The ipermedial project "OutPut" is a consideration - at the same time critical and creative - about the beginning of personal computing. At that time, the event initially concerned the business field, strongly affecting the productive and organizational structures. Then it rapidly expanded also to the home field, further influencing social relationships and lifestyles, which became (from that time on) more and more digital.
The undisputed protagonist of that great revolution, carried out in the industrialized West during the eighties, was the Apple Macintosh, a personal computer that was able to concentrate in itself all the technological and conceptual aspirations of an entire epoch, so marking technologically and culturally also the ones that were going to come.
It is for this reason that, from a technical point of view, our work exploits a part of the huge developing potentialities of HyperCard, the first multimedia authoring software of information history, realized by Apple (and it is not a coincidence) already in 1987.
On the basis of the choice of this application there is, in fact, from our side a clear "philological" will - once again critical and creative - bound to demonstrate and to assess the still very actual expressive potentialities of hardware/software solutions that are the origin itself, logical and technical, of every current or future hypermedia project.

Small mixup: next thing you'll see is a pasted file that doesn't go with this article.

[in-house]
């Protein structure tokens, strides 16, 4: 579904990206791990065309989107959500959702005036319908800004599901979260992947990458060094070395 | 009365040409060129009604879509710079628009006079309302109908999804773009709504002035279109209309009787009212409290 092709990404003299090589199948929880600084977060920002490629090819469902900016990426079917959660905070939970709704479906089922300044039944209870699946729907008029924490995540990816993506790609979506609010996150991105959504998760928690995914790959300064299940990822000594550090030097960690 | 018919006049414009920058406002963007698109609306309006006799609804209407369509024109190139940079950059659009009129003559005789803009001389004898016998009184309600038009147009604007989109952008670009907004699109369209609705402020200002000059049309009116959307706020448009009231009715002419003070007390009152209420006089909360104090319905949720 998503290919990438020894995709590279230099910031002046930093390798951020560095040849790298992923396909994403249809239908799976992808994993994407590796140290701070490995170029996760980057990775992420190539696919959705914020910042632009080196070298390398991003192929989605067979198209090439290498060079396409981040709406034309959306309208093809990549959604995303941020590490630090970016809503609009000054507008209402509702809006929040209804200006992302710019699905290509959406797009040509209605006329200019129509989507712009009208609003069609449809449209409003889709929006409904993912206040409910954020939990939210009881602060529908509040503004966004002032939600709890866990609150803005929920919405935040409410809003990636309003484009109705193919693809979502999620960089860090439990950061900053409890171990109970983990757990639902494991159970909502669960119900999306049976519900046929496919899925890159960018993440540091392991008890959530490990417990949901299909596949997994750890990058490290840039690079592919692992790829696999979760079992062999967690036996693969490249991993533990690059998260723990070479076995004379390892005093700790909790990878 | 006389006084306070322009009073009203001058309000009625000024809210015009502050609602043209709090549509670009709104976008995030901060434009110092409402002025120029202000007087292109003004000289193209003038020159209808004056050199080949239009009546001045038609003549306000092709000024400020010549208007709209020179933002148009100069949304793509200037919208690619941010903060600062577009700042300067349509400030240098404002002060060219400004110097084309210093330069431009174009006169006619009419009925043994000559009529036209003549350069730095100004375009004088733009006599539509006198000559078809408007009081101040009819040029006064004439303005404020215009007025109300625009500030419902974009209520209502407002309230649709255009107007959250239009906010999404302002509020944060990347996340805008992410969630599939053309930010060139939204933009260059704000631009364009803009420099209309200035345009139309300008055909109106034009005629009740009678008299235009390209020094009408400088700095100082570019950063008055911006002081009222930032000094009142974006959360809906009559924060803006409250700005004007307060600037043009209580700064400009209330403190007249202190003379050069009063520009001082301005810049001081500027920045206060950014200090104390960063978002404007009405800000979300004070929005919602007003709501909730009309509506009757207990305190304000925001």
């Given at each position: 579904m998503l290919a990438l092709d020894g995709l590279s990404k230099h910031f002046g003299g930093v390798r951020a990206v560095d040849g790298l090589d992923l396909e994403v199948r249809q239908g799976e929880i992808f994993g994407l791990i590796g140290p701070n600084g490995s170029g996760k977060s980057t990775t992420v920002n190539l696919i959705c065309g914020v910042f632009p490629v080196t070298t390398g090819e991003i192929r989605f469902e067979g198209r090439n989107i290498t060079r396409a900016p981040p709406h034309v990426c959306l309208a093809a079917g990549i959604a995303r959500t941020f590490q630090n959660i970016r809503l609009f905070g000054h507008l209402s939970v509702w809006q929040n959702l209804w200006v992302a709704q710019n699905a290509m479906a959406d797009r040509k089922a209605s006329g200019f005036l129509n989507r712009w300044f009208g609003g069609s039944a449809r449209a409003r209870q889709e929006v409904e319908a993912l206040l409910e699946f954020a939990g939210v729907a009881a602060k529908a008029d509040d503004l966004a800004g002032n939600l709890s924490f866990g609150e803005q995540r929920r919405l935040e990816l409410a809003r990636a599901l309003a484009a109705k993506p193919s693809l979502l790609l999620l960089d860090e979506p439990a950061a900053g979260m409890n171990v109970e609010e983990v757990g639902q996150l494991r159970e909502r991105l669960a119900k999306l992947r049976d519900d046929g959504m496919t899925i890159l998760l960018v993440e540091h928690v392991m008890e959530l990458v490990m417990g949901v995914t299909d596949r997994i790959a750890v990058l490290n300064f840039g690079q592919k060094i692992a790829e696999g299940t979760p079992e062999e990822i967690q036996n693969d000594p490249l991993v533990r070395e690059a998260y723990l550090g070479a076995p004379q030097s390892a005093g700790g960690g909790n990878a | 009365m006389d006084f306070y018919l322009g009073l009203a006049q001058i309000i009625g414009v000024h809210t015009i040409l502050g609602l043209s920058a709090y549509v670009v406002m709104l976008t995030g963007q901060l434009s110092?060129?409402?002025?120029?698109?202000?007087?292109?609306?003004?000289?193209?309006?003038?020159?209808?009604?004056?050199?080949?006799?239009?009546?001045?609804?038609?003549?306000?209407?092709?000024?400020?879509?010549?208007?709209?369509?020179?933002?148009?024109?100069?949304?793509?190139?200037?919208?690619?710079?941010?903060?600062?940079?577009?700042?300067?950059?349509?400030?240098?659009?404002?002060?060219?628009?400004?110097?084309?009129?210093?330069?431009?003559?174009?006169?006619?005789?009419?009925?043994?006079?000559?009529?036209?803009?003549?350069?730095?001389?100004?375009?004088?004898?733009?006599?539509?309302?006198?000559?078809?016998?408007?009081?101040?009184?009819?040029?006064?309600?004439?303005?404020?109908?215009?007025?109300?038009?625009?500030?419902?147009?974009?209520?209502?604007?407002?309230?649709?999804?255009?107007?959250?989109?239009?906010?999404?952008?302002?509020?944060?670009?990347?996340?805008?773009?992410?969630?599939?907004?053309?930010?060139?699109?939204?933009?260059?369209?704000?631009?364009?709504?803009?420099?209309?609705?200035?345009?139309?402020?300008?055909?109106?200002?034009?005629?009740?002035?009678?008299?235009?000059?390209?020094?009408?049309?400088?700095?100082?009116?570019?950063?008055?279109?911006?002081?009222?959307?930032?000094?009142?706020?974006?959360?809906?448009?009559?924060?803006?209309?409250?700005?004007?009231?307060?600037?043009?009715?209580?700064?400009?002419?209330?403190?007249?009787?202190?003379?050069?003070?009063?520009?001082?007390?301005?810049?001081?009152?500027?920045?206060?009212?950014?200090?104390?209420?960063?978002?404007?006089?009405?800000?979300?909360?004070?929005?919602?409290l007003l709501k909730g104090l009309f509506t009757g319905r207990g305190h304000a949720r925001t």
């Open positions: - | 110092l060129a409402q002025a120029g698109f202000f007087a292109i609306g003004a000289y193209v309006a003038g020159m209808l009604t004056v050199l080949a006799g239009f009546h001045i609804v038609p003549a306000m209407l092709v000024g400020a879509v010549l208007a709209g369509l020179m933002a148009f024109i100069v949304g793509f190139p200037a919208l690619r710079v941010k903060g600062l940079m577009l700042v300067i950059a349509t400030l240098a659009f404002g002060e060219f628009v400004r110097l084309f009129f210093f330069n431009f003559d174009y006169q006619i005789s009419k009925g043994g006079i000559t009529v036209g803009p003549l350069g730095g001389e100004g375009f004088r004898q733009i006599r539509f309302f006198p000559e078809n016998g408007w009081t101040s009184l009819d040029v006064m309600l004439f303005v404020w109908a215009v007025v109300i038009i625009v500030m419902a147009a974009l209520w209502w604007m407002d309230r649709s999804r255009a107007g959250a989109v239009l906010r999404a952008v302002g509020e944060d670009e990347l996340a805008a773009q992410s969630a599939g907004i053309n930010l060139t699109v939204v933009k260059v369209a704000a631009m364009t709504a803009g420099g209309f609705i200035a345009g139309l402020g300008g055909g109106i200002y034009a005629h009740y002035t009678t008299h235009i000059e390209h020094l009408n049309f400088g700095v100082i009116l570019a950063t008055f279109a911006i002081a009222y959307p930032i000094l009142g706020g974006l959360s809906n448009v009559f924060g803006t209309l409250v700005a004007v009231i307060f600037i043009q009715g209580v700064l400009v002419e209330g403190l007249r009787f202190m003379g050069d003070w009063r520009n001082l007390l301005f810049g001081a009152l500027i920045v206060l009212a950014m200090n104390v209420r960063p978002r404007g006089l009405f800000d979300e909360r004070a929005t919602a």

So we have decided to create an animated, surfable and hypertextual narrative path, which will be able to illustrate and translate, emotionally and conceptually, the professional world of "those days", so to say, a cultured world in its perspective mutation.
In the carrying out of the visual side of our work we have decided to use a series of clipart included in the original package of HyperCard. They appear, to our contemporary eyes as much refined and essential as significant. In fact they still have an intact ability to recall, in an iconic and neat way, the declared or unaware "mental map" of an epoch: the one in which the IT was rising, bringing us a great load of purposeful confidence.
The original version of the work requires a Macintosh SE/30 with 4 MB of Ram and System 7.